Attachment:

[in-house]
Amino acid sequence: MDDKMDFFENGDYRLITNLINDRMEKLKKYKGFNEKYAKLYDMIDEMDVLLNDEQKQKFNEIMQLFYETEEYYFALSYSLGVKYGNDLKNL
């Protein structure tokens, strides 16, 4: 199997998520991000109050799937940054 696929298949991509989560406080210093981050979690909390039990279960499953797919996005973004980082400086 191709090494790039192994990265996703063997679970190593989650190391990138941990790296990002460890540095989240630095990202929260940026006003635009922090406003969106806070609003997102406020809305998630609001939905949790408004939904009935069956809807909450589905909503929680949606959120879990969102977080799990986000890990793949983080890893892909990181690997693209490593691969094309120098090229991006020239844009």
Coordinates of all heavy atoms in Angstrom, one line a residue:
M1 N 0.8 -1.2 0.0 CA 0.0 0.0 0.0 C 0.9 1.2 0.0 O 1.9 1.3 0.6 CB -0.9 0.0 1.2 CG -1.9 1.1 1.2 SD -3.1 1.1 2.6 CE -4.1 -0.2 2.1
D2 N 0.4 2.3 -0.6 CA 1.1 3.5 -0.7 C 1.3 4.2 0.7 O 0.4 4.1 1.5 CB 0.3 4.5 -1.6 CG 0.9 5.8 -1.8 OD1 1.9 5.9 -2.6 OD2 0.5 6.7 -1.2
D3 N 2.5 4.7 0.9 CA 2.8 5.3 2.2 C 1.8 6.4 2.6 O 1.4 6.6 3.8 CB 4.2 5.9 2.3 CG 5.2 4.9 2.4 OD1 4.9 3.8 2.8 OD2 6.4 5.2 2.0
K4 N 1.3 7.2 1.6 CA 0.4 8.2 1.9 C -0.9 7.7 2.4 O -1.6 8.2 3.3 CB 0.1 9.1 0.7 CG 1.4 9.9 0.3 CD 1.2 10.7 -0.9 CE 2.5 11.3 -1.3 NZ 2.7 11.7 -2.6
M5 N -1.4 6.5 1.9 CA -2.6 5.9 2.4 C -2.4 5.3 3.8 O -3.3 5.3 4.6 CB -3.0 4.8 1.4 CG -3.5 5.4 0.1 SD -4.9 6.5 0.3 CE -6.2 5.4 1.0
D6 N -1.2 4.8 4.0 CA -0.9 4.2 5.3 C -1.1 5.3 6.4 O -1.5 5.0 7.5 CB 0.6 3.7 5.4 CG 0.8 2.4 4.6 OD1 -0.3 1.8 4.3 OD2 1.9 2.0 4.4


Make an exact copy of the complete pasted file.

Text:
[in-house]
Amino acid sequence: MDDKMDFFENGDYRLITNLINDRMEKLKKYKGFNEKYAKLYDMIDEMDVLLNDEQKQKFNEIMQLFYETEEYYFALSYSLGVKYGNDLKNL
């Protein structure tokens, strides 16, 4: 199997998520991000109050799937940054 696929298949991509989560406080210093981050979690909390039990279960499953797919996005973004980082400086 191709090494790039192994990265996703063997679970190593989650190391990138941990790296990002460890540095989240630095990202929260940026006003635009922090406003969106806070609003997102406020809305998630609001939905949790408004939904009935069956809807909450589905909503929680949606959120879990969102977080799990986000890990793949983080890893892909990181690997693209490593691969094309120098090229991006020239844009």
Coordinates of all heavy atoms in Angstrom, one line a residue:
M1 N 0.8 -1.2 0.0 CA 0.0 0.0 0.0 C 0.9 1.2 0.0 O 1.9 1.3 0.6 CB -0.9 0.0 1.2 CG -1.9 1.1 1.2 SD -3.1 1.1 2.6 CE -4.1 -0.2 2.1
D2 N 0.4 2.3 -0.6 CA 1.1 3.5 -0.7 C 1.3 4.2 0.7 O 0.4 4.1 1.5 CB 0.3 4.5 -1.6 CG 0.9 5.8 -1.8 OD1 1.9 5.9 -2.6 OD2 0.5 6.7 -1.2
D3 N 2.5 4.7 0.9 CA 2.8 5.3 2.2 C 1.8 6.4 2.6 O 1.4 6.6 3.8 CB 4.2 5.9 2.3 CG 5.2 4.9 2.4 OD1 4.9 3.8 2.8 OD2 6.4 5.2 2.0
K4 N 1.3 7.2 1.6 CA 0.4 8.2 1.9 C -0.9 7.7 2.4 O -1.6 8.2 3.3 CB 0.1 9.1 0.7 CG 1.4 9.9 0.3 CD 1.2 10.7 -0.9 CE 2.5 11.3 -1.3 NZ 2.7 11.7 -2.6
M5 N -1.4 6.5 1.9 CA -2.6 5.9 2.4 C -2.4 5.3 3.8 O -3.3 5.3 4.6 CB -3.0 4.8 1.4 CG -3.5 5.4 0.1 SD -4.9 6.5 0.3 CE -6.2 5.4 1.0
D6 N -1.2 4.8 4.0 CA -0.9 4.2 5.3 C -1.1 5.3 6.4 O -1.5 5.0 7.5 CB 0.6 3.7 5.4 CG 0.8 2.4 4.6 OD1 -0.3 1.8 4.3 OD2 1.9 2.0 4.4